The severity of RLS symptoms ranges from mild to intolerable. Symptoms can come and go and severity can also vary. The symptoms are generally worse in the evening and at night. For some people, symptoms may cause severe nightly sleep disruption that can significantly impair their quality of life.

Restless Legs Syndrome Causes

Doctors don’t know what causes most cases of restless legs syndrome, but your genes might play a role. Nearly half of the people with RLS also have a family member with the condition.

It might also be tied to:

  • Chronic diseases. Certain long-term medical conditions include RLS symptoms, including iron deficiency, Parkinson’s disease, kidney failure or renal disease, diabetes, and peripheral neuropathy.
  • Medications. Some drugs might make symptoms worse, including anti-nausea meds, antipsychotics, some antidepressants, and cold and allergy medications that have antihistamines.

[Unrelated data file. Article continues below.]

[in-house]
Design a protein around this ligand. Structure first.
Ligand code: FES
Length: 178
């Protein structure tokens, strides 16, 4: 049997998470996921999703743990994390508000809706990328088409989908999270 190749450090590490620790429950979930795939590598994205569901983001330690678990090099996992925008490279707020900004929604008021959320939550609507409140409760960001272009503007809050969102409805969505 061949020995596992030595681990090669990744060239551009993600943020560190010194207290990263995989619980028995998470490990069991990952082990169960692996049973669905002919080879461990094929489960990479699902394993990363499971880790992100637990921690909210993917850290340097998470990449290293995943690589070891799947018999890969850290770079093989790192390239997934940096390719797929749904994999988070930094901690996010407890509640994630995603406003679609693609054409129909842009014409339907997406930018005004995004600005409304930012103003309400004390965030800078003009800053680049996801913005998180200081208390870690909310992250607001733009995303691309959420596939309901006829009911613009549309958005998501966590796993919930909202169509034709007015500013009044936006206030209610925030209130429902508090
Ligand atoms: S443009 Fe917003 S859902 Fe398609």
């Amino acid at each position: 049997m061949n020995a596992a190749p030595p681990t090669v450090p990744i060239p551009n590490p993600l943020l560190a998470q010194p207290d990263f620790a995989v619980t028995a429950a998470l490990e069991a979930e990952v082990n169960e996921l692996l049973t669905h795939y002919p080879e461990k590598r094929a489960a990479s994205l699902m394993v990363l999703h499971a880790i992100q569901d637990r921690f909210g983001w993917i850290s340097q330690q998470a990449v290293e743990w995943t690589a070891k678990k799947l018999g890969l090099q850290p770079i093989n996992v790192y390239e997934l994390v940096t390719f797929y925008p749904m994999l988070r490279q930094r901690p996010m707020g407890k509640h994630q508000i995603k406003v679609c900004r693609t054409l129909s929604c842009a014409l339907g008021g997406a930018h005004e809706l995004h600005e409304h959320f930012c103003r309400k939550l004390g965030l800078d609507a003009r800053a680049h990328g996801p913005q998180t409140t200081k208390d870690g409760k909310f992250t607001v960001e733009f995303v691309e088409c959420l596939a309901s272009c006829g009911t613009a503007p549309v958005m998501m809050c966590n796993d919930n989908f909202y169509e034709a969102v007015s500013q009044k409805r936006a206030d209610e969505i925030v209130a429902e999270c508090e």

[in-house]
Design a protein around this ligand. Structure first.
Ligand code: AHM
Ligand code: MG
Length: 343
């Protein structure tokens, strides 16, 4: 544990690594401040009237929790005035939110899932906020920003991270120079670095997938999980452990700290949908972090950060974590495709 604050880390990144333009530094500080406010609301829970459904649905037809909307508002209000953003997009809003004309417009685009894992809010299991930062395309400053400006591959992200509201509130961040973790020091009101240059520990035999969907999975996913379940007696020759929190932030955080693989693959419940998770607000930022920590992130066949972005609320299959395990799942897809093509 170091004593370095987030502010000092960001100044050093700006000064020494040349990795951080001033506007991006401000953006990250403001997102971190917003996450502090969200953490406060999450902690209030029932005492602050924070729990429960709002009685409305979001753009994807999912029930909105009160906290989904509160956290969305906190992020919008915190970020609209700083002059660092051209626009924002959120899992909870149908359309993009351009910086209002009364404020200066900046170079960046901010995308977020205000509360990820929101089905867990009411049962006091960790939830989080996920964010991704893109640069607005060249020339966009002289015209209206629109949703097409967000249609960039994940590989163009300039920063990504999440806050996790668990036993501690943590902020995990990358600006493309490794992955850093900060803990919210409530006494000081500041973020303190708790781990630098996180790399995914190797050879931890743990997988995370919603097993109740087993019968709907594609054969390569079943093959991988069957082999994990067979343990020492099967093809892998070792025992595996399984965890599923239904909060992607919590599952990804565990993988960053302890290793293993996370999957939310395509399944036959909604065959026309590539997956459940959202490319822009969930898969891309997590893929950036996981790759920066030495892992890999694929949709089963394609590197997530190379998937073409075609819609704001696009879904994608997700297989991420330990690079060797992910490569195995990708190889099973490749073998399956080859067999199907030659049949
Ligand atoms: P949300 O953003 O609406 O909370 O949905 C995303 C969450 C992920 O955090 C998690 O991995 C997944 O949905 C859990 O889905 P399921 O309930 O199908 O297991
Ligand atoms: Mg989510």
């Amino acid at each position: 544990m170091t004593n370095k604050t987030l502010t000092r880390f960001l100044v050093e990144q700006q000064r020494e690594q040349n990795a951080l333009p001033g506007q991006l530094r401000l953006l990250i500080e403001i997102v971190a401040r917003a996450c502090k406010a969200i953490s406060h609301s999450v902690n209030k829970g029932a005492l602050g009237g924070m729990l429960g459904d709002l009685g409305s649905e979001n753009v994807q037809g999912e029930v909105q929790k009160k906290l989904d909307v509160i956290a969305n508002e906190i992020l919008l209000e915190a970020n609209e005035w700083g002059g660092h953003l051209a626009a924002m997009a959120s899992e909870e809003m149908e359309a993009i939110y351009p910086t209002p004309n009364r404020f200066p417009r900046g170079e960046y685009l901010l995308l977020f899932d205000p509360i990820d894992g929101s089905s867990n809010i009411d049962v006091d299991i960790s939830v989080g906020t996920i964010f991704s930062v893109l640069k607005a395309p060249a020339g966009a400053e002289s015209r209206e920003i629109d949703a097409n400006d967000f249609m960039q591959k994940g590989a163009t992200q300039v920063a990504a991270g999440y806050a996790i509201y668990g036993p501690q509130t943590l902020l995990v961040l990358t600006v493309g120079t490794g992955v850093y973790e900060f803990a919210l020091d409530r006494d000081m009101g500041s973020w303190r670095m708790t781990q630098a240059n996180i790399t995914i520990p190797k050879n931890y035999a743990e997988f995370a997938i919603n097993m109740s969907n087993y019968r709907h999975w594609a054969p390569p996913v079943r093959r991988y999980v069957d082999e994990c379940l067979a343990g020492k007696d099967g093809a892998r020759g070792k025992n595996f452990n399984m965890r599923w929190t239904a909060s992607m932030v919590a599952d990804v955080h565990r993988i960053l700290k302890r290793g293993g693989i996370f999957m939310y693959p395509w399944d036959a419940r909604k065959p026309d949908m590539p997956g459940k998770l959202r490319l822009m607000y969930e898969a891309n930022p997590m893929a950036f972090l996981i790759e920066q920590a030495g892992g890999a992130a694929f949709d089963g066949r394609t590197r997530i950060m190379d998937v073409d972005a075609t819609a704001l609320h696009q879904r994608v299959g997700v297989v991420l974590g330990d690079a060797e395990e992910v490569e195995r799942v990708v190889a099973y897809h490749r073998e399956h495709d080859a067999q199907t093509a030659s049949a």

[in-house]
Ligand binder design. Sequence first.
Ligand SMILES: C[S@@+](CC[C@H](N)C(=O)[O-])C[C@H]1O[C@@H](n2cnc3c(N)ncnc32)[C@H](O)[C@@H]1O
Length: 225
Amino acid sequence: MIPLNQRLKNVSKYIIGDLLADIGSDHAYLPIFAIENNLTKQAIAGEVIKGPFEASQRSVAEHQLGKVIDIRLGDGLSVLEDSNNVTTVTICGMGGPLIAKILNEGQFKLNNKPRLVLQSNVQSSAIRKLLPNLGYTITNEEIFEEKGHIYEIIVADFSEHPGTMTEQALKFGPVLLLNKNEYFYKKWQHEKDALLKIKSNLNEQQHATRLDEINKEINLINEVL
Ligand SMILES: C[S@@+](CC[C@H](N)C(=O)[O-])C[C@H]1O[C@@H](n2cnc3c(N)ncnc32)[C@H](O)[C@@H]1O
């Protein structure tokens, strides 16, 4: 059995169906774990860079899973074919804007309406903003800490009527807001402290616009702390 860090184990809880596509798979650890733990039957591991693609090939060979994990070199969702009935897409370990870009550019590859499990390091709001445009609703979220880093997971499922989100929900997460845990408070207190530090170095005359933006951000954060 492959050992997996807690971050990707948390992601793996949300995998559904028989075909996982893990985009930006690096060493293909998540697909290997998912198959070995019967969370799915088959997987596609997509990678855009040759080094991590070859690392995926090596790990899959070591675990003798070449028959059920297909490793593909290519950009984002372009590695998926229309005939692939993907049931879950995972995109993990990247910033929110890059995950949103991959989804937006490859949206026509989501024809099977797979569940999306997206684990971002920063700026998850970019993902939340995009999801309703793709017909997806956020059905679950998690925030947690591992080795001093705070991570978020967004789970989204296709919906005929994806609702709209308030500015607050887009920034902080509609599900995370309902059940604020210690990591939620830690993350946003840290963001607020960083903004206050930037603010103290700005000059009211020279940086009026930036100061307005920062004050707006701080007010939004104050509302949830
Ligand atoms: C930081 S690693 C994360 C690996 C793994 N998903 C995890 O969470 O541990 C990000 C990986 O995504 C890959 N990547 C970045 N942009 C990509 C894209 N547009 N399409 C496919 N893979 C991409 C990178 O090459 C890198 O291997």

• Pregnancy. Some women have RLS during pregnancy, especially in the last trimester. Symptoms usually go away within a month after delivery.
  • Lifestyle. A lack of sleep or another sleep disorder like apnea can trigger symptoms or make them worse. So can alcohol, tobacco, and caffeine use.

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Restless Legs Syndrome Diagnosis

There’s no medical test for RLS. Your doctor might want to talk to your sleep partner about what they’ve noticed.

The five basic criteria for a diagnosis of RLS are:

  • An overwhelming urge to move your legs, especially along with uncomfortable or unusual feelings